A 68-year-old man developed hepatocellular carcinoma associated with chronic alcohol abuse and cirrhosis. He began to receive sorafenib (400 mg twice daily) as management for advanced disease when both pulmonary and osseous metastases appeared. About 8 weeks after drug initiation, the patient noted the rapid onset of two nodules nearly identical in appearance: one on the arm and one on the temple. The latter is depicted above. Both lesions were mildly tender to palpation. Neither lesion was associated with regional lymphadenopathy. Aside from concern about these lesions, the patient was tolerating the sorafenib well and had no other relevant complaints. Family history, past medical history, and social history were unremarkable or not pertinent.
D. Keratoacanthoma related to sorafenib
Sorafenib tosylate (Nexavar), an oral targeted multikinase inhibitor, interrupts oncogenic pathways by interfering with several serine, threonine, and tyrosine kinases. Such inhibition leads to blockade of cellular proliferation, reduction of tumor-induced angiogenesis, and increase in cellular apoptosis. The drug is currently approved in the United States for the treatment of advanced renal cell carcinoma and unresectable hepatocellular carcinoma.[2,3] While a number of serious systemic adverse events have been occasionally reported, the agent is well tolerated overall.
Cutaneous toxicity, however, is relatively common, perhaps even approaching 90%, in patients receiving this medication. The most frequent skin side effects include: a nonspecific maculopapular rash (34%), hand-foot syndrome (27% to 60%), initial appearance or worsening of psoriasis, facial erythema with or without edema, erythema multiforme, subungual splinter hemorrhages, stomatitis, alopecia, xerosis, eruptive nevi, inflammation of existent seborrheic keratoses, and induction of premalignant and malignant skin tumors.[4,5] Since the first report of sorafenib-associated squamous cell carcinoma in 2006, about 50 patients have been reported to demonstrate cutaneous lesions with epithelial (epidermal) atypia, including an unmasking of numerous actinic keratoses, appearance of the classic keratoacanthoma subtype of squamous cell carcinoma, and development of classic ulcerated nodules of invasive squamous cell carcinoma. The lesion shown in this case is a prototypical keratoacanthoma: a hard, red nodule with a central keratin-filled crater. The literature suggests that it is predominantly older white men who are affected with such lesions, men outnumbering women by a 4:1 ratio. The majority of previously reported cases had no prior history of nonmelanoma skin cancer. Time to onset of symptoms has been variable, ranging from several weeks to 3 years following sorafenib exposure.[7-10] Most of the epidermal neoplasms seen with sorafenib have appeared on traditionally sun-exposed anatomical sites, although a few tumors have involved such areas as the buttocks and back. Multiple lesions are common.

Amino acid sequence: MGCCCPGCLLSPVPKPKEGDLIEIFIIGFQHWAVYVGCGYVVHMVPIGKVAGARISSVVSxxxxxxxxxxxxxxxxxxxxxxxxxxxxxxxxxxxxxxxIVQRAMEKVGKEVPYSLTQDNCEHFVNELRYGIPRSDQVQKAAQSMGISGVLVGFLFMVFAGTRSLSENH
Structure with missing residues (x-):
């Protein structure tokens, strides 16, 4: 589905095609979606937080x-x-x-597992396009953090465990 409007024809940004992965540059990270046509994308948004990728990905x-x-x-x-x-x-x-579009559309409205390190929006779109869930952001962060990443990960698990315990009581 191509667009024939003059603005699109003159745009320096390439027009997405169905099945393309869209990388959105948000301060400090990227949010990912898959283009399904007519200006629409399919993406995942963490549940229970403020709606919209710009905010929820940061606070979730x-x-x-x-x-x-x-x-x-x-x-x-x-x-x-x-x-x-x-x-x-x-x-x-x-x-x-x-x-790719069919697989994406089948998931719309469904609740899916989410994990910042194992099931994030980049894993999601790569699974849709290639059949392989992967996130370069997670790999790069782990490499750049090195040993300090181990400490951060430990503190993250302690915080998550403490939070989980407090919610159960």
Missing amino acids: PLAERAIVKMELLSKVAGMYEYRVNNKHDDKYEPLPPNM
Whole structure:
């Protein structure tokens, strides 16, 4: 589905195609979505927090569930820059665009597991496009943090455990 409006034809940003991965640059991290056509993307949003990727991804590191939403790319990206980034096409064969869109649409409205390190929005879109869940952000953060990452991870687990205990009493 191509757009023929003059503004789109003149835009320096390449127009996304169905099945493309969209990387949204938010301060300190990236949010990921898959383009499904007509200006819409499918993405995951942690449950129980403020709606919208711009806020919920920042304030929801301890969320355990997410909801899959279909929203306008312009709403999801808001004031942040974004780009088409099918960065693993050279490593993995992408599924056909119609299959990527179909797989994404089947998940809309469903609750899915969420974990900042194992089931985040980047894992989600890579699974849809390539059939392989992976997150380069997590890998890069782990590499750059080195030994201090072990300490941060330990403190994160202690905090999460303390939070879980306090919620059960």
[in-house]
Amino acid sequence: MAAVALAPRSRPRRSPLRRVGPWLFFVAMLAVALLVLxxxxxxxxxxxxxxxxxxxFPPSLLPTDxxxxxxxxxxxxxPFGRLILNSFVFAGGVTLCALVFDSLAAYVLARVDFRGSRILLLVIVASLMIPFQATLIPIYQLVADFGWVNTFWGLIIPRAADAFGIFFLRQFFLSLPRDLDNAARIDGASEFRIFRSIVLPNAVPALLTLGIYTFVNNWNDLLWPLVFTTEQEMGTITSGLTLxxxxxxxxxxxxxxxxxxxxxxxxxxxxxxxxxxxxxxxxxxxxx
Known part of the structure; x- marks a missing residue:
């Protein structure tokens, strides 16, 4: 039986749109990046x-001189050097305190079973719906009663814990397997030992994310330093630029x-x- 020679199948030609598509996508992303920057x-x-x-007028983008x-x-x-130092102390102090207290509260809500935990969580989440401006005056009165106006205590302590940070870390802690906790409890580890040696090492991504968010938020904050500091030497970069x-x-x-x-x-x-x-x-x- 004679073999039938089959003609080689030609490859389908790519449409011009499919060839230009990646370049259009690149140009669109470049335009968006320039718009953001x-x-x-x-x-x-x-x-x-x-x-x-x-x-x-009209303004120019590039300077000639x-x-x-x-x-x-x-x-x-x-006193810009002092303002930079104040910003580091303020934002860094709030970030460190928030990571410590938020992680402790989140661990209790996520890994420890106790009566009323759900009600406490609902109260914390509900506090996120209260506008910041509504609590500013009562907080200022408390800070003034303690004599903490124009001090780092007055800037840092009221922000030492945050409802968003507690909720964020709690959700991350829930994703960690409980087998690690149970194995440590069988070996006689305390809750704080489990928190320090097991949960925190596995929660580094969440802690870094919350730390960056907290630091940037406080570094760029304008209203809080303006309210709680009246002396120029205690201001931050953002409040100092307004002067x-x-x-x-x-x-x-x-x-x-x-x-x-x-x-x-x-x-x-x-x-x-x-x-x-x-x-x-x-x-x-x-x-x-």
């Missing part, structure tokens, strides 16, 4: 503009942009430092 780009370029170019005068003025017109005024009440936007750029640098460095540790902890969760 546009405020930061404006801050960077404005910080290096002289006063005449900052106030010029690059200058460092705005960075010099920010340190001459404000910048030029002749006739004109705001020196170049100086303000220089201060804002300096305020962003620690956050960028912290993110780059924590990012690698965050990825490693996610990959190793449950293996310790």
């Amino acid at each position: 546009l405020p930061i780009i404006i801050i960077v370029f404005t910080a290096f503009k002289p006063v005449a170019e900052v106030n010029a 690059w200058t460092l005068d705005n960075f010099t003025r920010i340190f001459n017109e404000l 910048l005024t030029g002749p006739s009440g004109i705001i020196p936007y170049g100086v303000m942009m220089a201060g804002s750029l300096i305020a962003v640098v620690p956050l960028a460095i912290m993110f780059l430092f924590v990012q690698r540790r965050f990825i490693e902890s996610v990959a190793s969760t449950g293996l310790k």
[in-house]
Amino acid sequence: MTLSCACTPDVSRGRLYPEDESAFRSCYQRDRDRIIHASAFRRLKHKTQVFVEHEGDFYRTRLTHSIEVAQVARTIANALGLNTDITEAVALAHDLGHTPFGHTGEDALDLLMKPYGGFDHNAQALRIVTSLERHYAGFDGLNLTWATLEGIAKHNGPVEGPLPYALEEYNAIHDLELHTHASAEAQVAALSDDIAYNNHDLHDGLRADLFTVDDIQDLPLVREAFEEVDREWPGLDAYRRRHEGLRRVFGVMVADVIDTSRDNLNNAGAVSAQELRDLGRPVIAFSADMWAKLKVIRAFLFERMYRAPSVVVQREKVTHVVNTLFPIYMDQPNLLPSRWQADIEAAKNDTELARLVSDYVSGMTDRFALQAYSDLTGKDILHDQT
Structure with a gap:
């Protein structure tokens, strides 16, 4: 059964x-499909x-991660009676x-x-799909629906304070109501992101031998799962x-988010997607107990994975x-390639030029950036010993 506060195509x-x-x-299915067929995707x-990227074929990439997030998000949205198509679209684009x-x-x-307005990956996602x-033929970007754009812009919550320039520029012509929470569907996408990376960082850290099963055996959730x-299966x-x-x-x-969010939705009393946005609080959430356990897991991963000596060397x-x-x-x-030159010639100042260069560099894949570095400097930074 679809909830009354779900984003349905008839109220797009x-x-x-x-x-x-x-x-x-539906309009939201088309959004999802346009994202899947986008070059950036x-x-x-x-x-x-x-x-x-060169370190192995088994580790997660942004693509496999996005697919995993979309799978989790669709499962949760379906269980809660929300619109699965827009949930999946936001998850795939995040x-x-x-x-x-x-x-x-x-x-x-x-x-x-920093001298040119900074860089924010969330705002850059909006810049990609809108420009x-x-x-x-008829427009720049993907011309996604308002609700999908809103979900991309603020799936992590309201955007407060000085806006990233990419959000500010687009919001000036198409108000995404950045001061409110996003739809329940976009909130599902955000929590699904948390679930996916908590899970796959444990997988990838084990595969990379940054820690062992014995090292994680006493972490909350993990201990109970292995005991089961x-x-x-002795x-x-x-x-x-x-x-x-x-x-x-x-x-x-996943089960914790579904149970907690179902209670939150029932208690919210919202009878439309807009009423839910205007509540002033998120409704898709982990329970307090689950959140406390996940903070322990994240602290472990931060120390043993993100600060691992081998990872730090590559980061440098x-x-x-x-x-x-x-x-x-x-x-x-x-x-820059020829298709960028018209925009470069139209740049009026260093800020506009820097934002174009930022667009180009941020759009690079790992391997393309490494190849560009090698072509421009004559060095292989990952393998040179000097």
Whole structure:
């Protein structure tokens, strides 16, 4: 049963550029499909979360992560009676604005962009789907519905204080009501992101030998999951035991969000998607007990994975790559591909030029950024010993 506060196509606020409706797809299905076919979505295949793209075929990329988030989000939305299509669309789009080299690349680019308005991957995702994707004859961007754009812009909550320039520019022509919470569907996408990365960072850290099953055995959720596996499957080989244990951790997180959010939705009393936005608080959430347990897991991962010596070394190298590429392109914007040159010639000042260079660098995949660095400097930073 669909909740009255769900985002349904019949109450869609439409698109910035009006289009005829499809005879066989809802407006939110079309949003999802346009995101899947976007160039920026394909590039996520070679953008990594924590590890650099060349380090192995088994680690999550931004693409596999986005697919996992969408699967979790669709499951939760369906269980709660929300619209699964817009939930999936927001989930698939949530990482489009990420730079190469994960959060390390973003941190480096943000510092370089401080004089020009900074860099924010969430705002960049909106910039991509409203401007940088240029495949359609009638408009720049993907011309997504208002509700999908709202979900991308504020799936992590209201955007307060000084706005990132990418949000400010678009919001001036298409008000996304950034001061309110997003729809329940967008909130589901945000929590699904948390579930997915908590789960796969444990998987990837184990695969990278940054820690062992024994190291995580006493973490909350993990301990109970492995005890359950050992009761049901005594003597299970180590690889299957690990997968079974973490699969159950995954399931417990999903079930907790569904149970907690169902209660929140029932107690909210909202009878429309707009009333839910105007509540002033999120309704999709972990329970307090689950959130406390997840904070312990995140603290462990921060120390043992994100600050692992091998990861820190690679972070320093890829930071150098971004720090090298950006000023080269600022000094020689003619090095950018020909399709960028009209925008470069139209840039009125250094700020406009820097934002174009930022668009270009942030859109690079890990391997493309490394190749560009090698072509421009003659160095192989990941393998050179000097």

The exact mechanism by which sorafenib facilitates the development of keratinocytic malignancies is unknown. However, various hypotheses include: impaired cutaneous immunosurveillance, blunted antitumor immune response, compensatory upregulation of Ras-induced proliferation, and increased epidermal susceptibility to oncogenic human papillomavirus infection.[5,11] However, it is noteworthy that other multikinase inhibitor agents that share a similar mechanism of action do not share this relatively high predisposition toward inducing cutaneous neoplasms.
Treatment for sorafenib-related skin cancers and premalignant lesions should follow standard surgical guidelines. A short respite from sorafenib, at least while skin lesions are dealt with, might be advisable. Patients have observed a decrease in size and number of skin tumors when sorafenib was discontinued and, conversely, a prompt and impressive increase in lesion size, number, or both after reinstitution of sorafenib therapy.[7,9] Of course, the immediate threat to the patient's life still remains the underlying cancer responsible for sorafenib utilization in the first place. Thus, any decision regarding the discontinuation of sorafenib must take this reality into account.
1. Wilhelm SM, Carter C, Tang L, et al. BAY 43-9006 exhibits broad spectrum oral anti-tumor activity and targets the RAF/MEK/ERK pathway and receptor tyrosine kinases involved in tumor progression and angiogenesis. Cancer Res. 2004;64:7099-7109.
2. Escudier B, Eisen T, Stadler WM, et al. Sorafenib in advanced clear-cell renal-cell carcinoma. N Engl J Med. 2007;356:125-134.
3. Llovet JM, Ricci S, Mazzaferro V, et al. Sorafenib in advanced hepatocellular carcinoma. N Engl J Med. 2008;359:378-390.
4. Lee WJ, Lee JL, Chang SE, et al. Cutaneous adverse effects in patients treated with the multitargeted kinase inhibitors sorafenib and sunitinib. Br J Dermatol. 2009;161:1045-1051.
5. Williams VL, Cohen PR, Stewart DJ. Sorafenib-induced premalignant and malignant skin lesions. Int J Dermatol. 2011;50:396-402.
6. Lacouture ME, Desai A, Soltani K, et al. Inflammation of actinic keratoses subsequent to therapy with sorafenib, a multitargeted tyrosine-kinase inhibitor. Clin Exp Dermatol. 2006;31:783-785.
7. Kong HH, Cowen EW, Azad NS, et al. Keratoacanthomas associated with sorafenib therapy. J Am Acad Dermatol. 2007;56:171-172.
8. Arnault JP, Wechsler J, Escudier B, et al. Keratoacanthomas and squamous cell carcinomas in patients receiving sorafenib. J Clin Oncol. 2009;27:59-63.
9. Kwon EJ, Kish S, Jaworsky C. The histologic spectrum of epithelial neoplasms induced by sorafenib. J Am Acad Dermatol. 2009;61:522-527.
10. Smith KJ, Haley H, Hamza S, et al. Eruptive keratoacanthoma-type squamous cell carcinomas in patients taking sorafenib for the treatment of solid tumors. Dermatol Surg. 2009;35:1766-1770.